I don't want to miss a thing

I don't want to miss a thing

30 March 2018

Sam Ross reflects on his first NSDF

This week has been by far the best time I’ve had all year.

I heard so much last year about the brilliant community, engaging discussion and debate, and powerful sense of action that the NSDF fosters. Not to mention all the enthralling theatre.

I’m glad to say the hype did not disappoint. I’ve had the best time.

I’m sad I didn’t get to see more. I would have loved to have seen Grounded. I’ve heard great things about it, and it’s a real shame that the final performance was already full up. There’s a debate to be had about making sure that audiences and performers alike get an equal opportunity to sample all the work of the festival.

I have loved the stuff I did get to see though. I am obsessed by the entirety of Poltergeist Theatre and their beautiful show Lights Over Tesco Carpark. I am in awe of my fellow solo performers, Sarah Carton, Stevie Thomas and Steph Sarratt (in Hatch, 1001010 and Grounded respectively). And poignant shows such as The Events and Seeking Intimacy gave us time to reflect about the complex nature of the human condition.

It’s been a real pleasure to mingle with such an excitingly talented crowd of individuals. Some of them I know from University, some from Sixth Form and even some from Secondary School. A lot of them I’ve had the pleasure to encounter for the first time. Some I have admired within the online theatre community for a while, so it’s been great to finally meet them in person. It has also been a privilege to meet the wonderful visiting artists and having the chance to enter into a deeper dialogue with them about the theatre industry (shout out to Lucy Ellinson, Chris Thorpe, Cathy Tyson and Chris Haydon).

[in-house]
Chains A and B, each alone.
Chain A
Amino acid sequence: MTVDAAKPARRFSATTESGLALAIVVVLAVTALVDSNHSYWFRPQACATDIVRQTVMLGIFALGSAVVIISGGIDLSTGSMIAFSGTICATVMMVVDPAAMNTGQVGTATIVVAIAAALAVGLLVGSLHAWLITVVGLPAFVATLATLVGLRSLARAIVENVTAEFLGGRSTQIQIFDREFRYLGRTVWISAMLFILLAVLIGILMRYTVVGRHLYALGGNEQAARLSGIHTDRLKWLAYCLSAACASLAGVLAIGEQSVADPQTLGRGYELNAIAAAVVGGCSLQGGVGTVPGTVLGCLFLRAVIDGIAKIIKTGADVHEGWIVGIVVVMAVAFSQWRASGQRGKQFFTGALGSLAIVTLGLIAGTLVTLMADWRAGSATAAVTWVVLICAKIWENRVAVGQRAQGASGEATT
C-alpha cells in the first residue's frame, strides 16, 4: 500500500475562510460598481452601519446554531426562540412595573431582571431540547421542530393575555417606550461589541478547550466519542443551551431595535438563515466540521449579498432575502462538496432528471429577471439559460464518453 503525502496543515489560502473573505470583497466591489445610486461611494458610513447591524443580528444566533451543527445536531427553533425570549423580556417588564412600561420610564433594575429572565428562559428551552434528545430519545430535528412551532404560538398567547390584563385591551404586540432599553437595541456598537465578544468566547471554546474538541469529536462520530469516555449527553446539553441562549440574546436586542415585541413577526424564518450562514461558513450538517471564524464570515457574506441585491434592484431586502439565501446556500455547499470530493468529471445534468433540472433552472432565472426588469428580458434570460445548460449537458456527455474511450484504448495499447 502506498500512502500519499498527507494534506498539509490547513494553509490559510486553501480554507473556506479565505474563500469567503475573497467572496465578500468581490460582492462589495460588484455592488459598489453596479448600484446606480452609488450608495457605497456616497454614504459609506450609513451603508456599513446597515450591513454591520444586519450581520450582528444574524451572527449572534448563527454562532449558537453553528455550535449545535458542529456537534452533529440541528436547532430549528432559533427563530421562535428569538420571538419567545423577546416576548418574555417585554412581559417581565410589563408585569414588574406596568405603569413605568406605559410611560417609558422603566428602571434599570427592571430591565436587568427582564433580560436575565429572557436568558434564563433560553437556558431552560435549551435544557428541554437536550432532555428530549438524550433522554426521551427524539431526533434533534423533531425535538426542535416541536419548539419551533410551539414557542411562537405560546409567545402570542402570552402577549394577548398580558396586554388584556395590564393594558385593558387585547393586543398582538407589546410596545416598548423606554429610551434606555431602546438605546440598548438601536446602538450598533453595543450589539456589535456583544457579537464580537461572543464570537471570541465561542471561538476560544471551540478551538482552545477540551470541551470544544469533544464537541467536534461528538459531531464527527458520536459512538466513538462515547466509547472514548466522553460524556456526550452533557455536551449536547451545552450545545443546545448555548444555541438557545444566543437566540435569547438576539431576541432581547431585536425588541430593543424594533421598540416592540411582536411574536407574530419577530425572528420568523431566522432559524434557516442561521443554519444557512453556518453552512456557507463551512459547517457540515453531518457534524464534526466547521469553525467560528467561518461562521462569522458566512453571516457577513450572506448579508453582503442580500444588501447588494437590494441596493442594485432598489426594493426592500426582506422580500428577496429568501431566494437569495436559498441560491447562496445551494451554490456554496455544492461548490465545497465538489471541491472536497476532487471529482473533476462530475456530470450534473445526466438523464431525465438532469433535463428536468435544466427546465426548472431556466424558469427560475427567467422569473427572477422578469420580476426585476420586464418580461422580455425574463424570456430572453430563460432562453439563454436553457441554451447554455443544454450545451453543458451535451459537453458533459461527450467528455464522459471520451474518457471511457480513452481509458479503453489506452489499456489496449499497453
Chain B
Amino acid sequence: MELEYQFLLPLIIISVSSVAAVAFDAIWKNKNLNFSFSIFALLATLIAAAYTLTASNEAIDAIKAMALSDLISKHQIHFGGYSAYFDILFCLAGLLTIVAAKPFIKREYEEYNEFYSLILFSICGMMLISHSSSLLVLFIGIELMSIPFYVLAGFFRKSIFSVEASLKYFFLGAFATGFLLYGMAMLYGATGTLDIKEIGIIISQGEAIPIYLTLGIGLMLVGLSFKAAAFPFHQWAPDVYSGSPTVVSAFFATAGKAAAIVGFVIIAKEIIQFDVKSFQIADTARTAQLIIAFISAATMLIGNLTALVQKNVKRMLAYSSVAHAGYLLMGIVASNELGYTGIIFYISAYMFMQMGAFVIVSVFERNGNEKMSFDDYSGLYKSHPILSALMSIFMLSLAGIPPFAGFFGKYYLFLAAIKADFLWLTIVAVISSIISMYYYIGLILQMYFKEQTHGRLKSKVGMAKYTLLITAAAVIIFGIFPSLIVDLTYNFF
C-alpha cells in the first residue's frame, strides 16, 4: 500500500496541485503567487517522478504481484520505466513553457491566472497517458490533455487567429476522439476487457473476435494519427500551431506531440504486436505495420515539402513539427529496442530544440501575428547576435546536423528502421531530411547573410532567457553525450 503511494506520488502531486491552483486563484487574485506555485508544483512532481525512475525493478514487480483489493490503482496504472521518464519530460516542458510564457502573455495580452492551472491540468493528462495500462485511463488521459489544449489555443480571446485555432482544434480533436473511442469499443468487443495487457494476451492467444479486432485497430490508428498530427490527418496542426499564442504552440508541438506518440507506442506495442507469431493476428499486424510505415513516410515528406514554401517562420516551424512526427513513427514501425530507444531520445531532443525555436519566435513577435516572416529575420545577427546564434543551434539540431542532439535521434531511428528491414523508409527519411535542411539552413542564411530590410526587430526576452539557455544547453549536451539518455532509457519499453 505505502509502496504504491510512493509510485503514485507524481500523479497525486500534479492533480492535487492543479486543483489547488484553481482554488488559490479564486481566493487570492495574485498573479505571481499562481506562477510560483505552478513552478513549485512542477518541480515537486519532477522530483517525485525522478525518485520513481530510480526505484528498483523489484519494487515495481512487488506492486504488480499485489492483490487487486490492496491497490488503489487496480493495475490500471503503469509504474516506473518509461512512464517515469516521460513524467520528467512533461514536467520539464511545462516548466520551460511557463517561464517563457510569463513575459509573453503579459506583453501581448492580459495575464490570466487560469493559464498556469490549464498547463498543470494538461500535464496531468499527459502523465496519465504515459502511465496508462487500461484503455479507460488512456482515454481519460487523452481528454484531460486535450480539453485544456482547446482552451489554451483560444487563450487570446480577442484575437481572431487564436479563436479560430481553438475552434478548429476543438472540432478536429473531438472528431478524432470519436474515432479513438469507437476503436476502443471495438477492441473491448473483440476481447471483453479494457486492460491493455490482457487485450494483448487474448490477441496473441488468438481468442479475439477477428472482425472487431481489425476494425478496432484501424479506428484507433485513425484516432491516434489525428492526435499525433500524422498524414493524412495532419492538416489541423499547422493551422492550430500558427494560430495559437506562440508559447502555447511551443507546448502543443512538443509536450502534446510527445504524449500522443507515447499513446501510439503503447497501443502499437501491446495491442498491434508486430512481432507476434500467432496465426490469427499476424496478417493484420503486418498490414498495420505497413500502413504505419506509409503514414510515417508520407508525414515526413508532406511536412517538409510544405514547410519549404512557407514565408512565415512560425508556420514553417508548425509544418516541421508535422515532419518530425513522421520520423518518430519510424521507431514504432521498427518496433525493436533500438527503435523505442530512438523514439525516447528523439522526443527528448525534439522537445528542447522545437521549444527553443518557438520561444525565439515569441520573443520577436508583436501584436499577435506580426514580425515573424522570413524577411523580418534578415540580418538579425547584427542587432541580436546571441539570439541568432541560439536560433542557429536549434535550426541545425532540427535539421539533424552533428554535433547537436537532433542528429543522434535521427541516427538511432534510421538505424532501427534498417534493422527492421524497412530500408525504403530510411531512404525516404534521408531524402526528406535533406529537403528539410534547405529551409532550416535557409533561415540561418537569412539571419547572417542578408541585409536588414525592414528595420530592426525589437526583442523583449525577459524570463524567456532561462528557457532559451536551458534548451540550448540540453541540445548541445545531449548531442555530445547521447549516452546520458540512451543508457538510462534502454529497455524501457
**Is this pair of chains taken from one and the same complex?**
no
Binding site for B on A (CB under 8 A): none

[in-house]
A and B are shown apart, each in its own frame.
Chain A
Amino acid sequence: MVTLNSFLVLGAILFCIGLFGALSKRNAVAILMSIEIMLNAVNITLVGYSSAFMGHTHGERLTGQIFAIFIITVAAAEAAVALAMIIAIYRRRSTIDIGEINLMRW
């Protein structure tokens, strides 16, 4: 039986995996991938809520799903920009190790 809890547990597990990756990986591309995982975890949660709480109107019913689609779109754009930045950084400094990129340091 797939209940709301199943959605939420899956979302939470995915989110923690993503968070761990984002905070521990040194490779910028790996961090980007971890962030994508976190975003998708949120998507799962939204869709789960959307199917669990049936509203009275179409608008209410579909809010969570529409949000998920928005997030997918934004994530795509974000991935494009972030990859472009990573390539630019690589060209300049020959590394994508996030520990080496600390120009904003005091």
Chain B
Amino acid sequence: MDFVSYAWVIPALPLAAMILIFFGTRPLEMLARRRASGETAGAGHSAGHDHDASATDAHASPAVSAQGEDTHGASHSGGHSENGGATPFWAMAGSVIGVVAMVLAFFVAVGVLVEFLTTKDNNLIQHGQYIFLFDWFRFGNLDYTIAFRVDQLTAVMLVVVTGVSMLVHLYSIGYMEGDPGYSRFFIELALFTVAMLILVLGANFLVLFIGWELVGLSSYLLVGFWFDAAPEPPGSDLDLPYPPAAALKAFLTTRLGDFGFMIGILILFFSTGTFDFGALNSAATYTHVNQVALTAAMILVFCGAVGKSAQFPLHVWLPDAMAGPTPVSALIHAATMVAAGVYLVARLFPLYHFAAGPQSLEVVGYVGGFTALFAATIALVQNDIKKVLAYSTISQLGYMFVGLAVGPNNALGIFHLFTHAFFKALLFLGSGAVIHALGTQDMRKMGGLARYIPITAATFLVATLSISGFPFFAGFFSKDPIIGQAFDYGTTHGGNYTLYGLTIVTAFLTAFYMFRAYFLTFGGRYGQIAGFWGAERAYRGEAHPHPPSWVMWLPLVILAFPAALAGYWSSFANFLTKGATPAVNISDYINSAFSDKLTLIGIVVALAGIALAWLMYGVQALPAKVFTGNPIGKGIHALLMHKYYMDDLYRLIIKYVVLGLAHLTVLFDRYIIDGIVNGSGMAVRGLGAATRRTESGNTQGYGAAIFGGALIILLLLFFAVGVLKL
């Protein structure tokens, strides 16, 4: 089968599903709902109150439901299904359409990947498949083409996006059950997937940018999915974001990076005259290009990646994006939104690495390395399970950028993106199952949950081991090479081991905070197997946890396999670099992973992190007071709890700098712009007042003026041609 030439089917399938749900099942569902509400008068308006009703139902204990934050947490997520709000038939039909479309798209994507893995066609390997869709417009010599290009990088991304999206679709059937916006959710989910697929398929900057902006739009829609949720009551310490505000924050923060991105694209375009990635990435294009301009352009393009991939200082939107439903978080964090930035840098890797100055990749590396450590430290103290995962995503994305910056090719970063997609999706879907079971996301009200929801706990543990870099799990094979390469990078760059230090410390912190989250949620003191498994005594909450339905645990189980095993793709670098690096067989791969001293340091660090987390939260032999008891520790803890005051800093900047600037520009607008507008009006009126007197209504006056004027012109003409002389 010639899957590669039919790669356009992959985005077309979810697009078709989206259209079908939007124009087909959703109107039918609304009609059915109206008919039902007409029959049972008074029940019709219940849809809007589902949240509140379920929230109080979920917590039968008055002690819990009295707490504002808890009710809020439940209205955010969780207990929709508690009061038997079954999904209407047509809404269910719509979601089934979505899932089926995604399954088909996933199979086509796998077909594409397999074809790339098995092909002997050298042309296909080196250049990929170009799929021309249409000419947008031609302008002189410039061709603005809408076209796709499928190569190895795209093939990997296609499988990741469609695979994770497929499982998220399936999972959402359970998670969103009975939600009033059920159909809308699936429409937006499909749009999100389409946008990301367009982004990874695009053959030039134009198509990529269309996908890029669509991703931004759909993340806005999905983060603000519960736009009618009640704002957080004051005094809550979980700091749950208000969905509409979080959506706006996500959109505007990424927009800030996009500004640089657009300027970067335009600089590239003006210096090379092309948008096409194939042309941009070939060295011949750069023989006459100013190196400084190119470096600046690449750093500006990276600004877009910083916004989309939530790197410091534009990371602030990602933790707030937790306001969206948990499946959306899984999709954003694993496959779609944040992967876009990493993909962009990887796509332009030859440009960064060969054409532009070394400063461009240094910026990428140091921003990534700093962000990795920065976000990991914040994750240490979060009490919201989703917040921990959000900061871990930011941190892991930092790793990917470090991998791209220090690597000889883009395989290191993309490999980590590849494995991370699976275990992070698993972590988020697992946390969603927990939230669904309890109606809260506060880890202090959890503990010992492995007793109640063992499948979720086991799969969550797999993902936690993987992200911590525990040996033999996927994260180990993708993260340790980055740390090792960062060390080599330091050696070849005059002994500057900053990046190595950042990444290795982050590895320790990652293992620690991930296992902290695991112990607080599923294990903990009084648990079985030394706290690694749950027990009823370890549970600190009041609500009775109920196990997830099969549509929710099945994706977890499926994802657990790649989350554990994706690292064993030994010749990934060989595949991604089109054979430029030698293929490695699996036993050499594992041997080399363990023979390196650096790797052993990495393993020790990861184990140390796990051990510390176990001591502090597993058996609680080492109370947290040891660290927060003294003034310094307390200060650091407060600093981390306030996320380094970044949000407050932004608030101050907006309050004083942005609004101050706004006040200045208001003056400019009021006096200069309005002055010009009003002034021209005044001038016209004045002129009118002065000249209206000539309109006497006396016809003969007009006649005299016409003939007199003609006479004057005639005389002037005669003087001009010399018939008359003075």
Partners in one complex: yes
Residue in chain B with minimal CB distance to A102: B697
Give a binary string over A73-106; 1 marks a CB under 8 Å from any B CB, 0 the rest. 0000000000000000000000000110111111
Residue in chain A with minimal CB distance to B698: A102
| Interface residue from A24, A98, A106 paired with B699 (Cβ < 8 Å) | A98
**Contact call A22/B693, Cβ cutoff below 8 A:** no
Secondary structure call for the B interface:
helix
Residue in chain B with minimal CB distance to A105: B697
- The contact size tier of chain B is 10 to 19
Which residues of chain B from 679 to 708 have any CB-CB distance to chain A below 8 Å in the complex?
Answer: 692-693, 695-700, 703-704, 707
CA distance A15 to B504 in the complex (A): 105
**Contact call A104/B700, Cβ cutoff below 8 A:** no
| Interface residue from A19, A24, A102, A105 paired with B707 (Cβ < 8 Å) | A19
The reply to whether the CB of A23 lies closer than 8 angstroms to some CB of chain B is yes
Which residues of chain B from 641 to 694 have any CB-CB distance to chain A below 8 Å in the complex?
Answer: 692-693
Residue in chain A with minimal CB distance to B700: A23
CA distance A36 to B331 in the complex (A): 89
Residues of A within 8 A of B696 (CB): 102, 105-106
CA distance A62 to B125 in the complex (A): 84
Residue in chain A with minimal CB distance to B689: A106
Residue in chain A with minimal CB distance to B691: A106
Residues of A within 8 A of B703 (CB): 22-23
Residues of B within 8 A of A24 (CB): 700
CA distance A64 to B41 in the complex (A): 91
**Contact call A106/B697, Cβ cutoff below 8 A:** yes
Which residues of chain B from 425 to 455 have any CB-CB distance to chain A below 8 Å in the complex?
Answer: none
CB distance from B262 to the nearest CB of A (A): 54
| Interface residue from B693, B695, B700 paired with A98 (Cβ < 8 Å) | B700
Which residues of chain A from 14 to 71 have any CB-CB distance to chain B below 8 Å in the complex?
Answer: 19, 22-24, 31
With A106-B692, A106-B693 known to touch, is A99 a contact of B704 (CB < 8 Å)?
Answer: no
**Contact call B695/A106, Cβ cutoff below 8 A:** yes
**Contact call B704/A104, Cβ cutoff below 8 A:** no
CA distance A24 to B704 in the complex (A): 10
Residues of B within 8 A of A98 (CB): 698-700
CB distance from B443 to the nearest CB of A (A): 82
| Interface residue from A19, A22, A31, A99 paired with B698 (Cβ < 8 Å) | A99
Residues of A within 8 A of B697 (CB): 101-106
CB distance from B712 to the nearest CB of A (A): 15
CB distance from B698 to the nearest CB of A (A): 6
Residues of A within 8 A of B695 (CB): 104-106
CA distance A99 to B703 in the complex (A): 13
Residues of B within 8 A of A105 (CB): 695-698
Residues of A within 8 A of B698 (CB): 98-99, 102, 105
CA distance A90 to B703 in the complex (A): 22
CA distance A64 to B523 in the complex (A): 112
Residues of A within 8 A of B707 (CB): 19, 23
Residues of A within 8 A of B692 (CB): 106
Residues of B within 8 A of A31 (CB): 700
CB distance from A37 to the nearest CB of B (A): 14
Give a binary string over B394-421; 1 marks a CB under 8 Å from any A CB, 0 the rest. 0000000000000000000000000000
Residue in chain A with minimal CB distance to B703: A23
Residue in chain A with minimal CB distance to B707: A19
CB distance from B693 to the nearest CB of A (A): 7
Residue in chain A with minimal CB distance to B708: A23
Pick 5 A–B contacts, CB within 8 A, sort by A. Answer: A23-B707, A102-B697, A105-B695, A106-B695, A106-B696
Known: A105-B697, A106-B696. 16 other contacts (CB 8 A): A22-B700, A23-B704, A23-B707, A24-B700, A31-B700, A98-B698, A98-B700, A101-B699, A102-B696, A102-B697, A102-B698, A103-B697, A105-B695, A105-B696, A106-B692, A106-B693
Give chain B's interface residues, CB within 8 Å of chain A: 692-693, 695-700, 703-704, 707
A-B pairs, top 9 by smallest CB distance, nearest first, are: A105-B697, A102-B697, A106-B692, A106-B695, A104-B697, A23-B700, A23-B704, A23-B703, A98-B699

Most of all, I have made so many wonderful, talented and (hopefully) lifelong friends.

The festival has not been completely perfect. There have been setbacks and mistakes over the course of the week. However, I have definitively taken the lessons from these to heart and will carry them with me as I progress through this beautifully chaotic industry.

And of course I’ve loved the epic and intimate moments of connection throughout the festival. The fucking phenomenal drag of Reign. The sharing of a meme to friends. The collective passionate and euphoric singing of Aerosmith’s "I Don’t Wanna Miss a Thing". The informal friendly discussions around the dinner table.

I really don’t want this to end. I feel deep anxiety that I have not done everything. Not seen all the shows. Not grabbed every opportunity by the horns. Not lead a significant movement or change. Not talked enough with others. Not connected enough.

(I did create the meme of the day though. That’s something. An absurd shout into the void.)

Maybe everyone at the festival feels this way a bit too. And when we all leave Leicester on Saturday we’ll all probably feel a pang of deep sadness, a lament for this all too brief annual communal gathering.

This is why the NSDF Alumni Facebook group is so important. I’d highly recommend it. I honestly want to stay in touch with as many of these cool theatrical people that I’ve come to know – and cool interesting technical people – as possible. The thing which Carys Jones et al have started is vital in this respect.

I will definitely be coming back next year though. I can hardly wait.